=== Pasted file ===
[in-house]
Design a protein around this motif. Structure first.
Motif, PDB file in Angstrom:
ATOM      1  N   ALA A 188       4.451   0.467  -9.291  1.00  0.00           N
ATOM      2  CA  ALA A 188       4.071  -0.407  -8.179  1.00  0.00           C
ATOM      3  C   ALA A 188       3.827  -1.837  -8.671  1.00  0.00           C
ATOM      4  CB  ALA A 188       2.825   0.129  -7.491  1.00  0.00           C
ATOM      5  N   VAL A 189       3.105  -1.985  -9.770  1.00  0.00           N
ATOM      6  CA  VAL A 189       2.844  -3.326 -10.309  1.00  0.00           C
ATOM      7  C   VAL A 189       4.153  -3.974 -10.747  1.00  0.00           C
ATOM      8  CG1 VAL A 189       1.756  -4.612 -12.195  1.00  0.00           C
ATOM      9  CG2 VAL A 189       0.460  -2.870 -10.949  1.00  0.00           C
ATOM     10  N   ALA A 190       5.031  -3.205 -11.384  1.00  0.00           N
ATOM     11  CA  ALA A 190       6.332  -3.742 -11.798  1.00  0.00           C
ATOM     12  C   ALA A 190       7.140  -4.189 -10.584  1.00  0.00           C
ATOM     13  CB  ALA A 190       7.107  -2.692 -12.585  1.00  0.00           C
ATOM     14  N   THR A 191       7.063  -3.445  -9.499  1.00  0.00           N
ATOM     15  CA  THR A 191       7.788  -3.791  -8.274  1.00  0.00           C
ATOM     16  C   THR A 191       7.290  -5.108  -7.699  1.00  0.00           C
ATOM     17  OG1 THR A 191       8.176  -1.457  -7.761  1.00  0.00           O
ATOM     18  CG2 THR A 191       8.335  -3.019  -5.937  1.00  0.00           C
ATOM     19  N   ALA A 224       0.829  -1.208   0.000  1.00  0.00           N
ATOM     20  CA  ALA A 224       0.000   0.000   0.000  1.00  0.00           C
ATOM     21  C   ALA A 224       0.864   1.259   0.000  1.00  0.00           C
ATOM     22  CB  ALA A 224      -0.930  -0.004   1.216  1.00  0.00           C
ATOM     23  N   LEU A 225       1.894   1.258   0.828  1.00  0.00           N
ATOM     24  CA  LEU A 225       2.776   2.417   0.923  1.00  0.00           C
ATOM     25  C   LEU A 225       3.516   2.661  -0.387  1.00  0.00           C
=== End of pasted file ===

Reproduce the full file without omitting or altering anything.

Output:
[in-house]
Design a protein around this motif. Structure first.
Motif, PDB file in Angstrom:
ATOM      1  N   ALA A 188       4.451   0.467  -9.291  1.00  0.00           N
ATOM      2  CA  ALA A 188       4.071  -0.407  -8.179  1.00  0.00           C
ATOM      3  C   ALA A 188       3.827  -1.837  -8.671  1.00  0.00           C
ATOM      4  CB  ALA A 188       2.825   0.129  -7.491  1.00  0.00           C
ATOM      5  N   VAL A 189       3.105  -1.985  -9.770  1.00  0.00           N
ATOM      6  CA  VAL A 189       2.844  -3.326 -10.309  1.00  0.00           C
ATOM      7  C   VAL A 189       4.153  -3.974 -10.747  1.00  0.00           C
ATOM      8  CG1 VAL A 189       1.756  -4.612 -12.195  1.00  0.00           C
ATOM      9  CG2 VAL A 189       0.460  -2.870 -10.949  1.00  0.00           C
ATOM     10  N   ALA A 190       5.031  -3.205 -11.384  1.00  0.00           N
ATOM     11  CA  ALA A 190       6.332  -3.742 -11.798  1.00  0.00           C
ATOM     12  C   ALA A 190       7.140  -4.189 -10.584  1.00  0.00           C
ATOM     13  CB  ALA A 190       7.107  -2.692 -12.585  1.00  0.00           C
ATOM     14  N   THR A 191       7.063  -3.445  -9.499  1.00  0.00           N
ATOM     15  CA  THR A 191       7.788  -3.791  -8.274  1.00  0.00           C
ATOM     16  C   THR A 191       7.290  -5.108  -7.699  1.00  0.00           C
ATOM     17  OG1 THR A 191       8.176  -1.457  -7.761  1.00  0.00           O
ATOM     18  CG2 THR A 191       8.335  -3.019  -5.937  1.00  0.00           C
ATOM     19  N   ALA A 224       0.829  -1.208   0.000  1.00  0.00           N
ATOM     20  CA  ALA A 224       0.000   0.000   0.000  1.00  0.00           C
ATOM     21  C   ALA A 224       0.864   1.259   0.000  1.00  0.00           C
ATOM     22  CB  ALA A 224      -0.930  -0.004   1.216  1.00  0.00           C
ATOM     23  N   LEU A 225       1.894   1.258   0.828  1.00  0.00           N
ATOM     24  CA  LEU A 225       2.776   2.417   0.923  1.00  0.00           C
ATOM     25  C   LEU A 225       3.516   2.661  -0.387  1.00  0.00           C